In the aftermath of the 2010 congressional elections, President Obama hit the reset button on regulatory policy, announcing a government-wide review of federal rules — from those already on the books to those in the works.
Now, with the 2012 election campaign underway, companies and other concerned organizations have a unique opportunity to hit the send button on their recommendations for regulatory reforms.
When the House and Senate broke for their two-week April work period, they achieved something that few thought possible – a Rose Garden signing by President Obama of a major piece of bipartisan legislation: the JOBS Act. Last week, Democrats, Republicans and entrepreneurs flanked the president and in his remarks, he called the new law a “game changer.” He’s right.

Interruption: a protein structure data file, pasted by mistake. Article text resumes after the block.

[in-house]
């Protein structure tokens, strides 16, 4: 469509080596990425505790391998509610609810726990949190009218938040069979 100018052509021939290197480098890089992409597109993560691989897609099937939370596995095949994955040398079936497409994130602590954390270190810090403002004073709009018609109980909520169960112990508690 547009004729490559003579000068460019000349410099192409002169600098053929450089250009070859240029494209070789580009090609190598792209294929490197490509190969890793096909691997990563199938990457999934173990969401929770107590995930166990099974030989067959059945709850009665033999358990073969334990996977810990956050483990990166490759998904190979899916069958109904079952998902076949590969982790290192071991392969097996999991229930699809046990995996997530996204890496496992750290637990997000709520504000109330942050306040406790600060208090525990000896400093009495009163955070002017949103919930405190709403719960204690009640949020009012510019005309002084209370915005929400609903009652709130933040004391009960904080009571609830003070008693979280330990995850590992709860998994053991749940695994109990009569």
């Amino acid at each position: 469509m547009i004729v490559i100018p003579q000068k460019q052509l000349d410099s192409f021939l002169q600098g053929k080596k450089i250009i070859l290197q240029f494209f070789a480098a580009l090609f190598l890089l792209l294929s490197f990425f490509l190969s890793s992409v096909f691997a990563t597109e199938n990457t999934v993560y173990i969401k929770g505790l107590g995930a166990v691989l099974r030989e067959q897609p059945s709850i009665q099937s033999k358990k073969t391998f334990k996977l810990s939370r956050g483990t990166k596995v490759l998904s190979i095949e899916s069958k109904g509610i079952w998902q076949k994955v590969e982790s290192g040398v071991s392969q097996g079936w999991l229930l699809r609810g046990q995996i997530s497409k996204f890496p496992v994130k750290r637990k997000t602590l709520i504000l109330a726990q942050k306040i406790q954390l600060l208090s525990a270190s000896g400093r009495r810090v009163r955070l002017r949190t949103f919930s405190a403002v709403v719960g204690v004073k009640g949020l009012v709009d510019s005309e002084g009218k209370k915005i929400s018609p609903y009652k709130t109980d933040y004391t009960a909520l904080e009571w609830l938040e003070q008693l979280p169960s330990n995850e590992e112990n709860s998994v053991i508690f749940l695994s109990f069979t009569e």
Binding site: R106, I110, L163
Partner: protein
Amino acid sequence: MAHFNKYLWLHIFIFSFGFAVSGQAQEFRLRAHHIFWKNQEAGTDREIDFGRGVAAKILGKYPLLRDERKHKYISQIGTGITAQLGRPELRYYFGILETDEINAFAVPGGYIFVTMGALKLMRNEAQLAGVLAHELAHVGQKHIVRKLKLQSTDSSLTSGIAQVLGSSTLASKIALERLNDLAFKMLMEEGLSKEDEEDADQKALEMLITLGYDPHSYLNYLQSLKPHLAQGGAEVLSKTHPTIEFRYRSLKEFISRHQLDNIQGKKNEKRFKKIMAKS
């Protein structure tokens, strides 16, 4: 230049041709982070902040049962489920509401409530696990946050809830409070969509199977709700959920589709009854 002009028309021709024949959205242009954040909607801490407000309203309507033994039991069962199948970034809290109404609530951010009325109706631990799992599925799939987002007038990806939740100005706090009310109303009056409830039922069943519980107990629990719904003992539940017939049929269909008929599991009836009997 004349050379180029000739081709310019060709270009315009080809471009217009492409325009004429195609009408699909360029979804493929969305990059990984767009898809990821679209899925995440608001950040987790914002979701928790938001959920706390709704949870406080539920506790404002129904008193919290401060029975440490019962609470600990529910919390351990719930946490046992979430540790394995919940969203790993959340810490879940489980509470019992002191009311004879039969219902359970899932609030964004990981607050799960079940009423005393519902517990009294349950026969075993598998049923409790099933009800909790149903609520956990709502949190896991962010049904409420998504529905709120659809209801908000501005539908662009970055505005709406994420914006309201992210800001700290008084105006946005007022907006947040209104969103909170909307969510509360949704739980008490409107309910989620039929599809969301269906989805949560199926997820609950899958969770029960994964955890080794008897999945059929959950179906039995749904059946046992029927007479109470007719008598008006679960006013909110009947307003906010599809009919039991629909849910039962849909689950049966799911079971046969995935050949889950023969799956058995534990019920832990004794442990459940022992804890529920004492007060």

One thing separates a winning campaign or a successful media interview from one that isn’t: the right message.
Now, even a great message won’t result in success every time. Circumstance and messenger play a role. (Quick: Try to think of a message good enough to turn Eric Massa’s congressional exit into a positive, and, “It was just a tickle fight,” has been taken. Time's up.)
But there’s no question that a weak message will render even the best communicators ineffective, pushing their goals out of reach.